We evaluated publication bias using a contour-enhanced funnel plot of each study’s effect size and standard error.18 Funnel plot asymmetry was assessed using Begg and Egger tests.19,20 If the funnel plot was asymmetrical or the P-value was found to be <0.10 by Egger’s test, then publication bias was considered to exist.
Also, mean abstinence rates were calculated by computing a sample size-weighted summary. Stata SE version 10.0 software (StataCorp, College Station, TX, USA) was used for statistical analysis.
Figure 1 shows a flow diagram for the identification of relevant studies. A total of 74 articles were identified after searching the three databases (PubMed, EMBASE and CENTRAL), and hand-searching relevant bibliographies. After excluding 23 duplicated articles and 41 articles that did not satisfy the selection criteria mentioned in the Methods section, the full texts of ten articles were reviewed by two of the authors. Of those, three articles21–23 were excluded for the following reasons: not a comparison study (n = 1);21 a study not related to pharmacotherapy (n = 1);22 a study sharing an identical population with the study included in this analysis (n = 1).23 Seven studies9–15 were included in the final analysis.
The seven studies included a total of 1386 pregnant smokers, with 732 randomised to pharmacological intervention groups and 654 to placebo or control groups. In the studies that reported age and cigarettes smoked per day, the mean age of the intervention and control groups ranged from 25.5 to 33.4 years and from 24.7 to 31.4 years, respectively; the number of cigarettes smoked per day in the intervention and control groups ranged from 13.4 to 25.4 and from 14 to 24.5, respectively.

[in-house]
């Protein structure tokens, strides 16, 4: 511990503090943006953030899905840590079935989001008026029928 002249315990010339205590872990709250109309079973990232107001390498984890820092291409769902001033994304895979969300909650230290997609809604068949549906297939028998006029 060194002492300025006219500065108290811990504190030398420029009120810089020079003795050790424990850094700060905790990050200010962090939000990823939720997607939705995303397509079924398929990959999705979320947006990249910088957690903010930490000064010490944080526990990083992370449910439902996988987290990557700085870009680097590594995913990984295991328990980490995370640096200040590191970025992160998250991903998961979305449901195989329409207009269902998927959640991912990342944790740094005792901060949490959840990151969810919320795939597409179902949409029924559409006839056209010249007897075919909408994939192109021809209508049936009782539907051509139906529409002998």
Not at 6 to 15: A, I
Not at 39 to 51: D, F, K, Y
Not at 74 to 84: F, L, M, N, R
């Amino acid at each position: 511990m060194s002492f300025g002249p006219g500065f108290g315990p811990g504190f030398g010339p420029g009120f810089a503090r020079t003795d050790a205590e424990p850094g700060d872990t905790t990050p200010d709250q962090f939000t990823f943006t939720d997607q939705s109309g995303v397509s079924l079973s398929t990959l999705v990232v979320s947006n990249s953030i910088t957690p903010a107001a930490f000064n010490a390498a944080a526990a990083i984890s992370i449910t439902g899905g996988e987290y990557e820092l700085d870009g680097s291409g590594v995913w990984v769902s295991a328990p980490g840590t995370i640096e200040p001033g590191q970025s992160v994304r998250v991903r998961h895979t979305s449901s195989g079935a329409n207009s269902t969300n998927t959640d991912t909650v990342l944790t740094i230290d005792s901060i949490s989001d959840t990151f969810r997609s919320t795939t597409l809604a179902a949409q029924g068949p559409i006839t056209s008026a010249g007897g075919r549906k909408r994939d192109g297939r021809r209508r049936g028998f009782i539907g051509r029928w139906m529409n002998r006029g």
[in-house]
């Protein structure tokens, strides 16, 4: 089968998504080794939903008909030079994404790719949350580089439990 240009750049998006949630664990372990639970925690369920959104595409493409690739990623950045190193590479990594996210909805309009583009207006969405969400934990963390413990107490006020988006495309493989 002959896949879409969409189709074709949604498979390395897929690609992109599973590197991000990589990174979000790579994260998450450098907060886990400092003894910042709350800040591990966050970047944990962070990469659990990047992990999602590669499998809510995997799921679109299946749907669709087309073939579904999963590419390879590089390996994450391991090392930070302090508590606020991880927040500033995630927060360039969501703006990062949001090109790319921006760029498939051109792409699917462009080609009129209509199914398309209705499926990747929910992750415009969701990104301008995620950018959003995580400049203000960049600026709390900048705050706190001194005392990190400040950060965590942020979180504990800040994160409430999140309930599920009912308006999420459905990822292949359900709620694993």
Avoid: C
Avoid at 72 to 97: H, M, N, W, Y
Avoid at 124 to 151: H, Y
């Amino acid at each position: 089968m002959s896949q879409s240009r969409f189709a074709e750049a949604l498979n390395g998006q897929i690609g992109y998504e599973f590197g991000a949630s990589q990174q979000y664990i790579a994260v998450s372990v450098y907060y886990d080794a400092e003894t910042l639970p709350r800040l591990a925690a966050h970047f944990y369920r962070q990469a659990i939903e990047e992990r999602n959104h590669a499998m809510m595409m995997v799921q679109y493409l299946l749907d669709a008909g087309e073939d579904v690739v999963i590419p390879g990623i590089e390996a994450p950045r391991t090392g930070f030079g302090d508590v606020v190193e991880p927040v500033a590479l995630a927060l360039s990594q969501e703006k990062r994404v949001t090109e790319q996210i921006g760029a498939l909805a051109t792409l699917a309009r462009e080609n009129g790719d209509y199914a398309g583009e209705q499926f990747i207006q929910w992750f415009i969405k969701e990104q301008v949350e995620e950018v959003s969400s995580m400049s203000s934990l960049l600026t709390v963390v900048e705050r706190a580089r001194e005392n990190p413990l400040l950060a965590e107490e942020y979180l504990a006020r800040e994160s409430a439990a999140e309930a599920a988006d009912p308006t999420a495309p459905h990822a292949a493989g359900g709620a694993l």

One prospective controlled study and one quasi-RCT showed that the use of either bupropion or a multimodal intervention regimen with counselling supplemented by NRT as a voluntary option had a significant effect on smoking cessation among pregnant smokers.11,12 The remaining five RCTs reported that there was no significant effect of NRT, including nicotine patch, gum and lozenge.9,10,13–15
Table 1 shows the general characteristics of the seven trials (five RCTs, one quasi-RCT and one prospective controlled observational study) included in the final analysis. The included trials were published from 2000 to 2008, spanning 8 years. The countries in which the studies were carried out were as follows: USA (n = 2), Denmark (n = 2), Canada (n = 2) and Australia (n = 1). The follow-up period ranged from 12 weeks to about 26 weeks; the overall period of recruitment was from 1995 to 2006. The number of participants in each study ranged from 30 to 250. Of the seven studies, five used a nicotine patch or gum, one used nicotine gum, and one used bupropion. The doses of pharmacotherapy used were generally 15 mg nicotine patch/day (a choice of 7, 14 or 21 mg nicotine patch in Hotham et al.’s study12), 2 mg nicotine gum or lozenge for every cigarette usually smoked per day, and 150 mg bupropion (150–300 mg/day). The treatment period ranged from 6 to 12 weeks. The abstinence rate at late pregnancy in the intervention and control groups ranged from 7 to 22.6% (mean abstinence rate 13.0%; 95% CI 10.9–15.2%; Cochrane’s Q = 0.062; n = 7; random-effects model) and from 0 to 19.8% (mean abstinence rate 8.2%; 95% CI 6.0–10.3%; Cochrane’s Q = 0.011; n = 7; random-effects model), respectively.